Let’s talk Batteries
While I was sleeping… batteries changed.
If you still pick up the same old at the battery kiosk in the big box store, knock it off. Batteries have changed and retailers/manufacturers aren’t about to clue you in.
I use batteries. Not a lot of batteries, but I have a cordless phone, camera and an assortment of remote control units. I have an indoor/outdoor temperature gauge and a remote electricity use sensor on my breaker box that talks to my computer.
I use batteries.
New cutting edge batteries are rechargeable Ni-Mh LSD. If you went where I did when you heard LSD, you are unforgivably old. Get over it. The acronym now means “low self discharge”. That means if you throw them in a drawer for three to five years they keep a charge and still work.
Sanyo Eneloop batteries, for example are billed as rechargeable 1,800 times. Let’s say the batteries in your TV remote last a year, (mine do). If I recharge those same batteries once a year and reuse them I’ll need to buy new batteries in the year 3,814…
What if Sanyo is exaggerating and the batteries give up the ghost in the year 3,000? Caveat emptor? I’ll probably get over it.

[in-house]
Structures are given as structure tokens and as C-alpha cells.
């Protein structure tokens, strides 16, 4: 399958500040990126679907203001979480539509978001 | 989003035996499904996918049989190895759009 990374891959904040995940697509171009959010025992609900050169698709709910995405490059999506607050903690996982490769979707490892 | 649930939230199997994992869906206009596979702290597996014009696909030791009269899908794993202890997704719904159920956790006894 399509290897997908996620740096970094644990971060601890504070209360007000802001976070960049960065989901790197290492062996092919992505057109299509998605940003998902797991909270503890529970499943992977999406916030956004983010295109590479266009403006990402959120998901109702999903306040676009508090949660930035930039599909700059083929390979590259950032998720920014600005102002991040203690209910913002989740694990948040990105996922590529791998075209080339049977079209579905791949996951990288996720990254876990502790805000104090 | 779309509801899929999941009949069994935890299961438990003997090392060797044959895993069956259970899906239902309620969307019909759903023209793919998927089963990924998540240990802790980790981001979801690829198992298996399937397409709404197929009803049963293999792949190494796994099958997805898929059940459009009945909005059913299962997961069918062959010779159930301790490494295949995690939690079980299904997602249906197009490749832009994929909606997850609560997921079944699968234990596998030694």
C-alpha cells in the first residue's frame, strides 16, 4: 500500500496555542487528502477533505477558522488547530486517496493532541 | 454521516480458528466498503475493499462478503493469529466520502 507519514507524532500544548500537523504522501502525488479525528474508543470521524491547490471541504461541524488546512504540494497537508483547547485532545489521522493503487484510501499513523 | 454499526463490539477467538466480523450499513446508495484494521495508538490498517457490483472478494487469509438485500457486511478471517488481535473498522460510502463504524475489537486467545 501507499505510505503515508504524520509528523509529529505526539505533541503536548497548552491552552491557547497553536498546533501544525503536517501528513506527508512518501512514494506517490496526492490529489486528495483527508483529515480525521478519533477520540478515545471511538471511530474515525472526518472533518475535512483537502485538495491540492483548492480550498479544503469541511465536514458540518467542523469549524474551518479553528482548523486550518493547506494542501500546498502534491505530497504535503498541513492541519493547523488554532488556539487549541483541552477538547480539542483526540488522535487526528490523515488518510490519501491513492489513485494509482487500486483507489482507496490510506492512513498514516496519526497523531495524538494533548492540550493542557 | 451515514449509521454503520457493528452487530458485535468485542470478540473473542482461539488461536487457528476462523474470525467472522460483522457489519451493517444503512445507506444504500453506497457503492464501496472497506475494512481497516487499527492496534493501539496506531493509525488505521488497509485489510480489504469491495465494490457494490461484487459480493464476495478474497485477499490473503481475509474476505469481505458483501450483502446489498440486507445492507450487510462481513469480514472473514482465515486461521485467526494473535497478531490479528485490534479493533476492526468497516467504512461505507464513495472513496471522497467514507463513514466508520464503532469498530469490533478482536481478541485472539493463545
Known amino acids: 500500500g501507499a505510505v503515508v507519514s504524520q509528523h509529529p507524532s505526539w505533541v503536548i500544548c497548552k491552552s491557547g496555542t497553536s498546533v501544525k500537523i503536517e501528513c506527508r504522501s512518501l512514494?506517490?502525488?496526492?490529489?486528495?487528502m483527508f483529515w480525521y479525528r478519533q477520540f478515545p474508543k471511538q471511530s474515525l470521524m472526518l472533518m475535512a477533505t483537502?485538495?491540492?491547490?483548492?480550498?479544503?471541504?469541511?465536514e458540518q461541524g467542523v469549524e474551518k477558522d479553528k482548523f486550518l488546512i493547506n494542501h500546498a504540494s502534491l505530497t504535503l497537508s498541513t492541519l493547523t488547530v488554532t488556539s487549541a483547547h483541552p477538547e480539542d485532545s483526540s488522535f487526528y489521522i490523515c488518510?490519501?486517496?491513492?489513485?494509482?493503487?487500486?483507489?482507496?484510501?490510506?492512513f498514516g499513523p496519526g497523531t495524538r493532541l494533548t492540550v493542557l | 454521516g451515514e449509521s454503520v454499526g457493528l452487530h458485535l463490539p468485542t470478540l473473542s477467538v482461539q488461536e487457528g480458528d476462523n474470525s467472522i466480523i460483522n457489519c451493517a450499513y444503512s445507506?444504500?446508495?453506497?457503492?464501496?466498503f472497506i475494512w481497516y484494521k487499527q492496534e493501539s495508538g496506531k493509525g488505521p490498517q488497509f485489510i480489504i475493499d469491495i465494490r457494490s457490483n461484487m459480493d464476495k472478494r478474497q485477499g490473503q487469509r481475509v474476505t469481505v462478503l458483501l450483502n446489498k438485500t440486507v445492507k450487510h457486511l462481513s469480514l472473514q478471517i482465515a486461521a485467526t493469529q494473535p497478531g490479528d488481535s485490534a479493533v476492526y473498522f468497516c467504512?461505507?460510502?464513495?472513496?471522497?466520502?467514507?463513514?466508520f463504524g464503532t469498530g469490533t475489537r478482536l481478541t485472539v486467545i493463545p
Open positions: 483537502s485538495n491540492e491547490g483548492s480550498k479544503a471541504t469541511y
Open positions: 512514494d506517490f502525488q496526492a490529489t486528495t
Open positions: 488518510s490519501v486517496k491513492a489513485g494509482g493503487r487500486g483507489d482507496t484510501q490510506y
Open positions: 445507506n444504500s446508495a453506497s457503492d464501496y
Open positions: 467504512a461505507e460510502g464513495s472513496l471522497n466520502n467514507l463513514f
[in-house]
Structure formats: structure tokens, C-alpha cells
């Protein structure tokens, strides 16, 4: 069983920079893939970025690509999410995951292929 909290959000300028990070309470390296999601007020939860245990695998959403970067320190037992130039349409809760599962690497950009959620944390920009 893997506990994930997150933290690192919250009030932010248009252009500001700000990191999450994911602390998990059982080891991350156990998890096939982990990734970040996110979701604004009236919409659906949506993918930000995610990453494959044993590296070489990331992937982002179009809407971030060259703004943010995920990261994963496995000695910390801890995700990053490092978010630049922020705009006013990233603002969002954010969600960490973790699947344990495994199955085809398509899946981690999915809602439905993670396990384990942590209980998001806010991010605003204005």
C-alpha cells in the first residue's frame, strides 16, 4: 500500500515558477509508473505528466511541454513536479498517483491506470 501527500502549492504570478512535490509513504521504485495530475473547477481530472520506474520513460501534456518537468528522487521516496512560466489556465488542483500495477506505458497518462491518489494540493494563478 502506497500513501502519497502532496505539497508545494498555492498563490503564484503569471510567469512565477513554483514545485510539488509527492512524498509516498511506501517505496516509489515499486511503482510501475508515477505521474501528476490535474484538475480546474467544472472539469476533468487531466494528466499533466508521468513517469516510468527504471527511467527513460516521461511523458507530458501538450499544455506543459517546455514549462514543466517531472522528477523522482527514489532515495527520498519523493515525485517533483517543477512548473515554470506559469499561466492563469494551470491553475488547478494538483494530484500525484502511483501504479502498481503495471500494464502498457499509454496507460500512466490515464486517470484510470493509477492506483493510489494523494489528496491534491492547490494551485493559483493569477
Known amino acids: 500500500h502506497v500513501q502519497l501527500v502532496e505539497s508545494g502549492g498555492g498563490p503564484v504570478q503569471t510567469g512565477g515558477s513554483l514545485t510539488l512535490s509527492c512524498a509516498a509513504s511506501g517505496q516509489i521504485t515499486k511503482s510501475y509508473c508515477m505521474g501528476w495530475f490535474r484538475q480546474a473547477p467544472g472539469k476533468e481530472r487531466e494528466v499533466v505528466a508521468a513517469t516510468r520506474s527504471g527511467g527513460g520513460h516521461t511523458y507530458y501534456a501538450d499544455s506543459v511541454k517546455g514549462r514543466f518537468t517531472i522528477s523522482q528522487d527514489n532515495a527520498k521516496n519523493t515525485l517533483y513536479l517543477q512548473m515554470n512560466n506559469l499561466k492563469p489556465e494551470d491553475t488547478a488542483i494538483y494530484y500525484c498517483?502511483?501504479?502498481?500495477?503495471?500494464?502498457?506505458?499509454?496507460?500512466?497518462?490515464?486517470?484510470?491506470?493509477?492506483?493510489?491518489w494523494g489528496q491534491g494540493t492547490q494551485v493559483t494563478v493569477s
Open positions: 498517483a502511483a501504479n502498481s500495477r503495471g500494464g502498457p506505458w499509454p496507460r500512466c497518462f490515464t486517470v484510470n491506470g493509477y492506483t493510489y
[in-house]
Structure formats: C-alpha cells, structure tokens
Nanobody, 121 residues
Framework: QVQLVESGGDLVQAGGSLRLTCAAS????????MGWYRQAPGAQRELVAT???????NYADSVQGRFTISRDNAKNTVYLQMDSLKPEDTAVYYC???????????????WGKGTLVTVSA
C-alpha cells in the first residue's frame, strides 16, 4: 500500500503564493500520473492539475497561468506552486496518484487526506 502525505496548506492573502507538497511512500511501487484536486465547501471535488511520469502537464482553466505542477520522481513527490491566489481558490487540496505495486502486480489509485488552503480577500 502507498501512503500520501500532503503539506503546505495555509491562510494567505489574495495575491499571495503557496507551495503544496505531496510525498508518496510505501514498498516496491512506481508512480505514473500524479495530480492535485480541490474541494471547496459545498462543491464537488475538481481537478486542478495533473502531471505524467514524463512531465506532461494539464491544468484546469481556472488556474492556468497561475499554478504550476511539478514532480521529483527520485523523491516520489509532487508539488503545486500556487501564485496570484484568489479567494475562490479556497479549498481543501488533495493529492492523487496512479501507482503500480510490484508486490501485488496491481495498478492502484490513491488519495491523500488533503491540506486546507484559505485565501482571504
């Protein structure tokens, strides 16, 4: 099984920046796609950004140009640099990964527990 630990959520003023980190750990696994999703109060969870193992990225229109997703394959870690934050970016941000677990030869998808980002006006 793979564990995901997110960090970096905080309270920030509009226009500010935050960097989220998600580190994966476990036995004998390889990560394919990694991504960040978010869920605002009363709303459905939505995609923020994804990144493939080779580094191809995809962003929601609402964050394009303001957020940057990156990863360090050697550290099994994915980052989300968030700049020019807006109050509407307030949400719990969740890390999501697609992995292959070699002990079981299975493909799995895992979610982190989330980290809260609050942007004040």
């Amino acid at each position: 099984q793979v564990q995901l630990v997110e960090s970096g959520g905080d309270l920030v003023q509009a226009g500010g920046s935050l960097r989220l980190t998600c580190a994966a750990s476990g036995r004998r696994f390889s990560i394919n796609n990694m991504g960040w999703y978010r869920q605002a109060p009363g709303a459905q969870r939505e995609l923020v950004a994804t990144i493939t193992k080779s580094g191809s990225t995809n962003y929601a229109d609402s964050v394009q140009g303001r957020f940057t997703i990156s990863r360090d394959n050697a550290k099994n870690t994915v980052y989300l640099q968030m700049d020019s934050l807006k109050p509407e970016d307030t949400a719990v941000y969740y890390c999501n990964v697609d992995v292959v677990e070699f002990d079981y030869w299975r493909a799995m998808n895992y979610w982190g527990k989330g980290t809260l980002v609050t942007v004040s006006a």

Sleeves are now made that fit AA batteries and adapt them for use in things requiring D or C batteries. I find this quite convenient.
Let’s look at how you stuff electricity into them. Chargers have changed too. The new chargers are “smart” chargers. The batteries are “smart” too. This just means that a chip has been added and charger and battery can now communicate. Smart chargers know how much charge a battery needs and when to stop. The best of them have a refresh mode to extend battery life and batteries no longer need to be charged in matched sets.
There are some fancy battery chargers out there with more bells and whistles but a $30.00 model does everything I need.
Perhaps most of you knew all of this already? It was news to me last December when I started reading up on battery technology. I may never need to buy a battery again…. 😉